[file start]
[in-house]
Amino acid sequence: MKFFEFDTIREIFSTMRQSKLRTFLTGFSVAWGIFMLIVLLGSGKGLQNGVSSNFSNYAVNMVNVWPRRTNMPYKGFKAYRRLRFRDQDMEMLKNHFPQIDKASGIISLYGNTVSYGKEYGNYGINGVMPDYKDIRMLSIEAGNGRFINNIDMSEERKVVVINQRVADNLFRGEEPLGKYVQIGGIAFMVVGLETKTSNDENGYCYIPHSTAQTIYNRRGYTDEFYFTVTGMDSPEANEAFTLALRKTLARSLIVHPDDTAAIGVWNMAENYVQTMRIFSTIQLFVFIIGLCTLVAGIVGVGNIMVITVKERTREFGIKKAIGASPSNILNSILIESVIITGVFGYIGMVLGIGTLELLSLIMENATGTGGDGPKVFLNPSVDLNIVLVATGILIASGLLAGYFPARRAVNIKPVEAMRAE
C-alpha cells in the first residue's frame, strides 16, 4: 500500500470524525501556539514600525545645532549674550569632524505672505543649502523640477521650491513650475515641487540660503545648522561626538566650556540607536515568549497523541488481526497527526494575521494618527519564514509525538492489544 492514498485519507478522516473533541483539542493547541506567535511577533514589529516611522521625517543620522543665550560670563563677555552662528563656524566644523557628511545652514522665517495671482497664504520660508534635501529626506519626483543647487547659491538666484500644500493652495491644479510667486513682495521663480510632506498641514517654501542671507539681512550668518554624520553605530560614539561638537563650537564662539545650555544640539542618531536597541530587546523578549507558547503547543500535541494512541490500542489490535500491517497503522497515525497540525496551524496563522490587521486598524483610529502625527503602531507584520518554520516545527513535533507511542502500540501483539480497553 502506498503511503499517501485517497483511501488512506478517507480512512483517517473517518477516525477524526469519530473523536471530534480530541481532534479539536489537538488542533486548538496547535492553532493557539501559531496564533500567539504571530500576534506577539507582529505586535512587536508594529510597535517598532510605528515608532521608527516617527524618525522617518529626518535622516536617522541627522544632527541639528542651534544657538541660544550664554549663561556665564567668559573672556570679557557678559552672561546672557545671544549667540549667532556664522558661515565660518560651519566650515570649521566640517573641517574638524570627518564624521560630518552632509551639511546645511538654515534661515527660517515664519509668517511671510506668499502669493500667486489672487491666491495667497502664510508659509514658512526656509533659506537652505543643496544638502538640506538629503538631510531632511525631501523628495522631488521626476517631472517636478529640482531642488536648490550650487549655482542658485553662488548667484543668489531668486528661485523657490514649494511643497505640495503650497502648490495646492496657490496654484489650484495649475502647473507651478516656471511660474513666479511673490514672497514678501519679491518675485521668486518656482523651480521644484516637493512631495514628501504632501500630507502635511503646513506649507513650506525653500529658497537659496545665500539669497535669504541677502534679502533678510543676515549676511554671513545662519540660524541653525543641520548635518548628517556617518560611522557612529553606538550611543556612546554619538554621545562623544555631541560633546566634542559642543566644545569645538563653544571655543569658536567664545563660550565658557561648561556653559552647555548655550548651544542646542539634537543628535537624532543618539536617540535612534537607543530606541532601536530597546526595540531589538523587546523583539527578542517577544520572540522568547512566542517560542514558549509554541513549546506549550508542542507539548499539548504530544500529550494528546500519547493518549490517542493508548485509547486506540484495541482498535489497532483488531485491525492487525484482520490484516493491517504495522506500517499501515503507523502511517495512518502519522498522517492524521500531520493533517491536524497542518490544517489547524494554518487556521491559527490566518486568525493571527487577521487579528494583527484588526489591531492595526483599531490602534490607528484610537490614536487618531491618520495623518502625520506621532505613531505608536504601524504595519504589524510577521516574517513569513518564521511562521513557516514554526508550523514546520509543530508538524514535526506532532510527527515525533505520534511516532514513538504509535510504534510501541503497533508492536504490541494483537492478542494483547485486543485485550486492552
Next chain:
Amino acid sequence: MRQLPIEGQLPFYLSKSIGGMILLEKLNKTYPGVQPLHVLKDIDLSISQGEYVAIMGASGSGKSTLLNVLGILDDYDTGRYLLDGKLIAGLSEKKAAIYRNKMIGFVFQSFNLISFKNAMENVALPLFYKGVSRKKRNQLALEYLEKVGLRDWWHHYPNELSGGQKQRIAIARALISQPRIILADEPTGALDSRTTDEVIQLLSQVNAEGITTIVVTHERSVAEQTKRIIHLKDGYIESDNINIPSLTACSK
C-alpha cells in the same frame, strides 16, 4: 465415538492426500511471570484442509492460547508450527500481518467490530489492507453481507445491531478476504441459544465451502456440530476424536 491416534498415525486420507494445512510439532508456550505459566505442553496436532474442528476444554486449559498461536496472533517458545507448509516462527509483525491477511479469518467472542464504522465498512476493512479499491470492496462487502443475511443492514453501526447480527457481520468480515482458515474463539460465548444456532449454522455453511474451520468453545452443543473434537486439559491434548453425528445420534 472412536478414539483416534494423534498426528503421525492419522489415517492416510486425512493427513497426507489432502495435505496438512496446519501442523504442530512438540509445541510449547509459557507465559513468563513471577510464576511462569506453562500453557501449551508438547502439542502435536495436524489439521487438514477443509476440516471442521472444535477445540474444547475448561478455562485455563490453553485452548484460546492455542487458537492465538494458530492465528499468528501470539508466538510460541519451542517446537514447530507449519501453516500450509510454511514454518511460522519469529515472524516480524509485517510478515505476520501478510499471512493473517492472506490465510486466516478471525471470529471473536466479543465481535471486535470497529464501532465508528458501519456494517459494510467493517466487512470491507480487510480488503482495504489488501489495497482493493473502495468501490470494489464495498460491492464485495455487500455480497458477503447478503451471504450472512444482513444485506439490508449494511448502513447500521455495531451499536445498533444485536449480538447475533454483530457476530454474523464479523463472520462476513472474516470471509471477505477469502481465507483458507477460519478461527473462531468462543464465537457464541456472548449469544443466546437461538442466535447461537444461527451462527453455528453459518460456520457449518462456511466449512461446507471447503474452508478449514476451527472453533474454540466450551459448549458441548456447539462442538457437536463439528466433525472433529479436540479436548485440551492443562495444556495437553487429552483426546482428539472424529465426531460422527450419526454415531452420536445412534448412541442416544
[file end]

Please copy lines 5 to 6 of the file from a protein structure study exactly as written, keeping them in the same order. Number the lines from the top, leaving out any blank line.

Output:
Amino acid sequence: MRQLPIEGQLPFYLSKSIGGMILLEKLNKTYPGVQPLHVLKDIDLSISQGEYVAIMGASGSGKSTLLNVLGILDDYDTGRYLLDGKLIAGLSEKKAAIYRNKMIGFVFQSFNLISFKNAMENVALPLFYKGVSRKKRNQLALEYLEKVGLRDWWHHYPNELSGGQKQRIAIARALISQPRIILADEPTGALDSRTTDEVIQLLSQVNAEGITTIVVTHERSVAEQTKRIIHLKDGYIESDNINIPSLTACSK
C-alpha cells in the same frame, strides 16, 4: 465415538492426500511471570484442509492460547508450527500481518467490530489492507453481507445491531478476504441459544465451502456440530476424536 491416534498415525486420507494445512510439532508456550505459566505442553496436532474442528476444554486449559498461536496472533517458545507448509516462527509483525491477511479469518467472542464504522465498512476493512479499491470492496462487502443475511443492514453501526447480527457481520468480515482458515474463539460465548444456532449454522455453511474451520468453545452443543473434537486439559491434548453425528445420534 472412536478414539483416534494423534498426528503421525492419522489415517492416510486425512493427513497426507489432502495435505496438512496446519501442523504442530512438540509445541510449547509459557507465559513468563513471577510464576511462569506453562500453557501449551508438547502439542502435536495436524489439521487438514477443509476440516471442521472444535477445540474444547475448561478455562485455563490453553485452548484460546492455542487458537492465538494458530492465528499468528501470539508466538510460541519451542517446537514447530507449519501453516500450509510454511514454518511460522519469529515472524516480524509485517510478515505476520501478510499471512493473517492472506490465510486466516478471525471470529471473536466479543465481535471486535470497529464501532465508528458501519456494517459494510467493517466487512470491507480487510480488503482495504489488501489495497482493493473502495468501490470494489464495498460491492464485495455487500455480497458477503447478503451471504450472512444482513444485506439490508449494511448502513447500521455495531451499536445498533444485536449480538447475533454483530457476530454474523464479523463472520462476513472474516470471509471477505477469502481465507483458507477460519478461527473462531468462543464465537457464541456472548449469544443466546437461538442466535447461537444461527451462527453455528453459518460456520457449518462456511466449512461446507471447503474452508478449514476451527472453533474454540466450551459448549458441548456447539462442538457437536463439528466433525472433529479436540479436548485440551492443562495444556495437553487429552483426546482428539472424529465426531460422527450419526454415531452420536445412534448412541442416544